Update – PwC US Layoffs
Little birdies (and a lot of gossip on Vault) tell me that based on a reorganization done with some advice from McKinsey, PwC is in the midst of three waves of layoffs. The first came before the end of their fiscal year, June 30. As usual, within PwC, there were a lot of announcements of coming announcements and announcements of local office “Town Meetings” to discuss the state of the business. They do a lot of talking about what’s going to happen instead of just doing it, it seems…
Cuts are focused on their Advisory (Consulting) practices (including Internal Audit) and their internal financial and administrative support groups, in particular the marketing and business development organizations. When I left late last year, business was slow in their emerging Advisory (Consulting) practice so it’s likely reductions are overdue there given prior aggressive “Catalyst” hiring. In an ironic twist, due to lack of a solid sales pipeline, they’re reducing the number of salesmen! But many of the staff, especially the younger ones they’re trying so hard to attract and retain supposedly, are confused and fed-up. I’ve heard from some directly via email.
I’ve heard that they have also started making strategic cuts of client service professionals in some markets and asked Executive Assistants over the age of 55 (who are predominantly women with long tenures) to consider early retirement packages. They have already closed whole offices in places like Memphis and Syracuse.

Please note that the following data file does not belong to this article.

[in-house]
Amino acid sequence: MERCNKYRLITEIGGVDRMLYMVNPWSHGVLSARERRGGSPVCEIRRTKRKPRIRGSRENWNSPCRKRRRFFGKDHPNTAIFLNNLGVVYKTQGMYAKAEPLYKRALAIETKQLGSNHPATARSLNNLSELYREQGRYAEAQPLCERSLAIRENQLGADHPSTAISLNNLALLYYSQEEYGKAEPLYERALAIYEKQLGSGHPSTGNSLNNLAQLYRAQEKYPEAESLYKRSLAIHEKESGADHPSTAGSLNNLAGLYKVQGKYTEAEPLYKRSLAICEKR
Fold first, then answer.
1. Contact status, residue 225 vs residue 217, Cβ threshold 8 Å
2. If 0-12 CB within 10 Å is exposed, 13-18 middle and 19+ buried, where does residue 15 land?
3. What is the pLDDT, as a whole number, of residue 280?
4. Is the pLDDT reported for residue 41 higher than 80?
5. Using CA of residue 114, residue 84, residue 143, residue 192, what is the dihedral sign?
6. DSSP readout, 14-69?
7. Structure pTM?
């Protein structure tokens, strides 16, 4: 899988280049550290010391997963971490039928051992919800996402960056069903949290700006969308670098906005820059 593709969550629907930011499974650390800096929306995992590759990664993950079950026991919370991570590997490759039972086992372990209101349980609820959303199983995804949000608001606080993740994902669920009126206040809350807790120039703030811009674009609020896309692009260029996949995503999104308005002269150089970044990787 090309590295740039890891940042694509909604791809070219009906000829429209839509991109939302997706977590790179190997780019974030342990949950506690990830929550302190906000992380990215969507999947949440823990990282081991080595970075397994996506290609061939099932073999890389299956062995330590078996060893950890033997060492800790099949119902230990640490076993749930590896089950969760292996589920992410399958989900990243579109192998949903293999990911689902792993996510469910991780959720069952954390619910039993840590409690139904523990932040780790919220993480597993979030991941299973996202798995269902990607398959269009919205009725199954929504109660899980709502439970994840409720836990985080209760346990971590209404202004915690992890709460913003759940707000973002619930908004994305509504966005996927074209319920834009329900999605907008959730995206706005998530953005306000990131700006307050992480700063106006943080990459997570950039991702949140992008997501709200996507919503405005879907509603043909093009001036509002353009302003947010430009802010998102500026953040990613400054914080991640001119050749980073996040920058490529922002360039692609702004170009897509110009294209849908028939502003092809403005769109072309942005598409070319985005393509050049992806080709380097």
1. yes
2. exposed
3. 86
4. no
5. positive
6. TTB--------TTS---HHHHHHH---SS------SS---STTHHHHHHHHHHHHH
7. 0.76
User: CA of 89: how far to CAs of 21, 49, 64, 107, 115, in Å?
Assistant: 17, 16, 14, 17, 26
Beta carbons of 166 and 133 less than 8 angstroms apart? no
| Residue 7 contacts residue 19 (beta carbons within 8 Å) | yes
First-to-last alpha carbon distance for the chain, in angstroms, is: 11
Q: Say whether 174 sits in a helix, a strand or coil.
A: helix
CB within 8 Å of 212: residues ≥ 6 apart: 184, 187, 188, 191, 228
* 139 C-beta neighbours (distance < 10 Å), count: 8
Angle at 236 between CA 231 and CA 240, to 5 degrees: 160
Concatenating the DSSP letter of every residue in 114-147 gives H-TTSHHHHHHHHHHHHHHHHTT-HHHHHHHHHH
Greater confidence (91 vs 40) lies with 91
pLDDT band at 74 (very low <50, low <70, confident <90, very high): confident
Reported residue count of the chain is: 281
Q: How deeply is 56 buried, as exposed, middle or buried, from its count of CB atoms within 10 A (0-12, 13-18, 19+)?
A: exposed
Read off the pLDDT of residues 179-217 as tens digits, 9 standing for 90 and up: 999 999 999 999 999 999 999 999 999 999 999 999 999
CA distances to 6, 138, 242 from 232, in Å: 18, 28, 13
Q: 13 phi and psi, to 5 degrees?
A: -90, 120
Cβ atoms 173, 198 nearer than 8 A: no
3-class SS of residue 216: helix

Interestingly, I am also seeing a lot of Google searches with “Deloitte layoffs,”, “KPMG Layoffs” and other firms like Accenture showing up. I guess no one uses the word “layoff” in their Press Releases anymore, at least in the Big 4 and so these searches come to me, the only one who is talking about them.
As a high performer at PwC (now ex-PwC), I can definitely say the re-org has been an utter disaster. The annual review was much harsher than usual, which I would guess was to encourage low performers to leave. However, the low performers are those who are fine with being 3s or 4s, and doing little work for the same pay as high performers. At the end of the day, those who worked very hard to out-do and outperform were rated lower than usual, and screwed. So, the talent is leaving in a mass exodus, and I honestly feel bad for the partners who have devoted so much time to the firm. They’re stuck with lack-of-talent, so it’s only going to get more ugly. Thanks McKinsey!
I have to agree with everything that has been said about the re-organization being a disaster. In almost every area of the Admin staff, the high performers are the ones who are being shown the door. Those who have been here a long time and know the culture and history of the firm are out.
Originally, this non cost-cutting cost-cutting venture was supposed to realign markets so that the service to the internal clients would be more efficient. The idea was to raise the level of administrative service. Unfortunately, anyone with half a brain (obviously not those involved with determining the layoff targets) can see that it is going to have the opposite effect. Service is going to take a nose-dive. They have even decided to create several positions known as MALs (Market Administrative Leaders) to be nothing more than scapegoats who have to field all of the complaints that are inevitably on the way.